"Please, please let my sister be your inspiration for practicing sun safety, getting your skin checked, learning the risk factors and living life to the fullest."
The last time I visited Roswell Park it was without my sister Elise. I went alone. I was still in the emotional turmoil of grieving her loss. I was very much looking forward to visiting some of her doctors and attempting to “connect to her,” and to the previous life I had with her. It was wonderful to see some of Elise’s treatment team, to thank them for their support and to give one of Elise’s doctors something that Elise had left behind for her.
Elise was 20 years old when she was diagnosed with melanoma. I will never forget her first appointment at Roswell Park. That was the day they told us that the mole that had been growing rapidly under her hairline was melanoma. After further surgeries and biopsies we found out it had already spread to her lymph nodes. It was then that we learned how serious melanoma was, that her life was at risk, and that her melanoma was extremely aggressive.
During that period we thought about all the times that we had been in the sun, missed applying sunscreen and even burned. The times Elise and others had even tanned. Did you know indoor tanning raises the risk of melanoma by 50%? We thought about how her melanoma could have been potentially prevented, or caught earlier if we had known more about it. We learned that melanoma is one of the most common cancers in young adults — and one of the most deadly. But when it's caught in the localized stage and treated early, the five-year survival rate is nearly 100%.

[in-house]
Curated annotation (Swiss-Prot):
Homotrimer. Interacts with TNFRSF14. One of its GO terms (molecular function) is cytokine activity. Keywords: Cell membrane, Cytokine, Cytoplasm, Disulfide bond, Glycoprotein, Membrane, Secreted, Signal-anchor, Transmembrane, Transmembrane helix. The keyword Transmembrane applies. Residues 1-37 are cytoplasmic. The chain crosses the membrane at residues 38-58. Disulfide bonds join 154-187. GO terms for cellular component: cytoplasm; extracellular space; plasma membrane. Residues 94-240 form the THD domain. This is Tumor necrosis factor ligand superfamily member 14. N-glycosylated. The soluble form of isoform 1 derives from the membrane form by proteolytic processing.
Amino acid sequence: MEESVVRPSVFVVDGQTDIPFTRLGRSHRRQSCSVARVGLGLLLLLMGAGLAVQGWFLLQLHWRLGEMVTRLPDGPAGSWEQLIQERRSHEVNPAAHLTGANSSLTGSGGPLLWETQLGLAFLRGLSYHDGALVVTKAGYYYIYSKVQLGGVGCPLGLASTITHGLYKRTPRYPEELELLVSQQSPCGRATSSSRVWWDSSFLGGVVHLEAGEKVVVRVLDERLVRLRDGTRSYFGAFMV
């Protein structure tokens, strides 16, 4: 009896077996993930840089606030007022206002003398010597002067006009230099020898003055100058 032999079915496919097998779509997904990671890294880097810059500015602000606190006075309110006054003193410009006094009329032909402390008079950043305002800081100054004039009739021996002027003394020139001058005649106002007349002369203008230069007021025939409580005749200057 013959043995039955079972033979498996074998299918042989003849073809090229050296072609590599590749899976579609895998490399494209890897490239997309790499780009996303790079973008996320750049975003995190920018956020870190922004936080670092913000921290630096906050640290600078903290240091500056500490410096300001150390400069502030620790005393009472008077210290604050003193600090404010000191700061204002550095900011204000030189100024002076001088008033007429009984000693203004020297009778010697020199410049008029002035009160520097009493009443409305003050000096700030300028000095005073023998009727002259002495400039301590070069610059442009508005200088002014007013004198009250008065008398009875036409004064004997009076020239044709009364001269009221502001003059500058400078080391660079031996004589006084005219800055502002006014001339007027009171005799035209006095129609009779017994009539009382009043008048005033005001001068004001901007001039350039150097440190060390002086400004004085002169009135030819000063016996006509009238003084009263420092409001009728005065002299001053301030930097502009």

Roswell became a place where I considered my sister to be safe. I try not to speak for Elise, but I know that the connections formed at Roswell Park were truly meaningful and cherished by her. As Elise’s melanoma progressed, so did her treatments. Even when her treatment path involved traveling for clinical trials, we always came back to our home base, Roswell Park, where I had so many beautiful memories with my sister, my mom and my family.
There were many difficult memories as well. Those memories still remain painful, but within the pain and the sadness due to her melanoma and all she went through, we were always supported by the people at Roswell Park who got to know Elise and comforted her.
Despite those last difficult years of her life, Elise was able to find joy, to laugh and to love. Melanoma took my sister's life shortly after her 24th birthday, a few months after her beautiful wedding day.
I wish my little sister was here with me today. I would do anything to have her back. I would do anything to allow her to live the full life that she deserved, to have the family that she had always wanted, and to watch her nephews grow. I know that Elise openly shared her story to help prevent others from going through what she did.
I am sharing this story with you now to educate you on melanoma and to demonstrate my appreciation for all of the staff at Roswell Park and those who supported my sister and my family through the most difficult journey we have ever faced. I am sharing the story of my sister because all I have now is her memory and her presence living within me; I want to continue to share it with the world.
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Please, please let my sister be your inspiration for practicing sun safety, getting your skin checked, learning the risk factors and living life to the fullest. Think of my sister, think of your sister or those you would not want to lose. Think of those who would not want to lose you…